Top 5 hidden spots along the Great Ocean Road

Written by Lauren Muscat

Known for its rugged beauty and its towering apostles, the Great Ocean Road is not a newly discovered tourist destination. But, venture a little further from the road itself and you’ll discover some hidden gems. It’s entirely likely I’m not alone in these discoveries, nevertheless, these are some of my favourite spots to visit when I’m wanting to unwind.

McGains Nursery, Cafe & Food Store

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On arrival into Anglesea, make a quick left down Simmons Court and you’ll soon reach this local treasure. McGains Nursery, Cafe & Food Store is a bit of peace and quiet within the beautiful tourist town. Have a piece of cake, buy a pot plant and collect some freshly picked vegetables from the small grocer at the side. Word is quickly getting out about McGains (not least of all because of a Postcards visit to the venue), so head there while you can still get a table.

Gentle Annie Berry Garden

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Tucked away behind the throngs of tourists in Lorne is the Gentle Annie Berry Garden. The pick-your-own-berries operation is located on a stunning, secluded property in nearby Pennyroyal. After you’ve finished filling your baskets with the fruits of your labour, head back to the farmhouse style cafe for an array of berry themed treats and local cheeses.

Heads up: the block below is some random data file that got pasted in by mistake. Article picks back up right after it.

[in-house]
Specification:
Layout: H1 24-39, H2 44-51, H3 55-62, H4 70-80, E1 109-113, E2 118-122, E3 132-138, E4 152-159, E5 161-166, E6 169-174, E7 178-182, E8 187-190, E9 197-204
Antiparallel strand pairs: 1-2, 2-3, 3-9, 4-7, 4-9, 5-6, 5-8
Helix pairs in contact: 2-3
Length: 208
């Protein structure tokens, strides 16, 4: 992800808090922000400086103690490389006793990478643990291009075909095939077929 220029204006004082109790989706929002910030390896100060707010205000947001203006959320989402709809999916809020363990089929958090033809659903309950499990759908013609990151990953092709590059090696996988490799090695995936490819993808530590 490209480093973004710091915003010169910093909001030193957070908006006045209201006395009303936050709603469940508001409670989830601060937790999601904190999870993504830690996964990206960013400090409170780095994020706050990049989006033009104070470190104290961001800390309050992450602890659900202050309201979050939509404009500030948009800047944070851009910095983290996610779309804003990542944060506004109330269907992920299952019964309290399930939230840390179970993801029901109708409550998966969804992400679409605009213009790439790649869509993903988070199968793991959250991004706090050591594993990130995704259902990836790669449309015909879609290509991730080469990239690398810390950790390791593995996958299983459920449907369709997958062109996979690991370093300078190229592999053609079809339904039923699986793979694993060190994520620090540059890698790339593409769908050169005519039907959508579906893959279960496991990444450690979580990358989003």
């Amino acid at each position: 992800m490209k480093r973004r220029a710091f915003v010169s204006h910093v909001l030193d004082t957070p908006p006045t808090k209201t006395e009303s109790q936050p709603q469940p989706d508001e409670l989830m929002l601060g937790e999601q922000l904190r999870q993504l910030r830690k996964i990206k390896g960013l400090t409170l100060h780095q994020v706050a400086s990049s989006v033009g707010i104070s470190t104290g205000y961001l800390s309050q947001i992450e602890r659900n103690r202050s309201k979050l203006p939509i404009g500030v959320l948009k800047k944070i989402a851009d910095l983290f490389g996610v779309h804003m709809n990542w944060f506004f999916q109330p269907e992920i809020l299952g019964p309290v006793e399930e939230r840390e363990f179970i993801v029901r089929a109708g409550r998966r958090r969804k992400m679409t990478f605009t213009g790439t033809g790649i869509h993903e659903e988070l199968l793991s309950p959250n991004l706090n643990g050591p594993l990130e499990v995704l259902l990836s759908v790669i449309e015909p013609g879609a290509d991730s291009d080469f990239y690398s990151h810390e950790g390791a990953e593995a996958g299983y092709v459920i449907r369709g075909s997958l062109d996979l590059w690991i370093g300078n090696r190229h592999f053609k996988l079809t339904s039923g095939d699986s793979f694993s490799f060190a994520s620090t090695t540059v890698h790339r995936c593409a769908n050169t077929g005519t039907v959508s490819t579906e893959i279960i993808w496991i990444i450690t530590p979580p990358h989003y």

Sunnymeade Beach

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A hot spot for the surfers of Airey’s Inlet, Sunnymeade beach is a haven away from the hustle and bustle of the more popular tourist beaches in Torquay, Anglesea or Lorne. The small car park at the entrance to the beach looks out to incredible views of open water, making this spot perfect for a car picnic or a wander along the cliffs.

Airey’s Inlet Caves

Just a little along from Sunnymeade Beach lies Airey’s Inlet’s main beach. When the tide isn’t in, it’s the perfect opportunity to take a short walk to the caves and rock pools which occupy the left side of the beach. Look directly up from the caves and see the Split Point Lighthouse, probably known to most as the lighthouse from Round the Twist.

Californian Redwood Forest

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About three hours’ drive from Melbourne, the Californian Redwood Forest is an odd sight on first glance. It looks more than a little out of place. Far from their native home, the cluster of trees was planted in 1939 as a softwood logging experiment – the trees now stretch to a staggering 60 metres high and continue to grow. The area is nearly silent owing to the soft forest floor and is the perfect place for a picnic beside the quietly burbling Aire river.

About the author

Lauren Muscat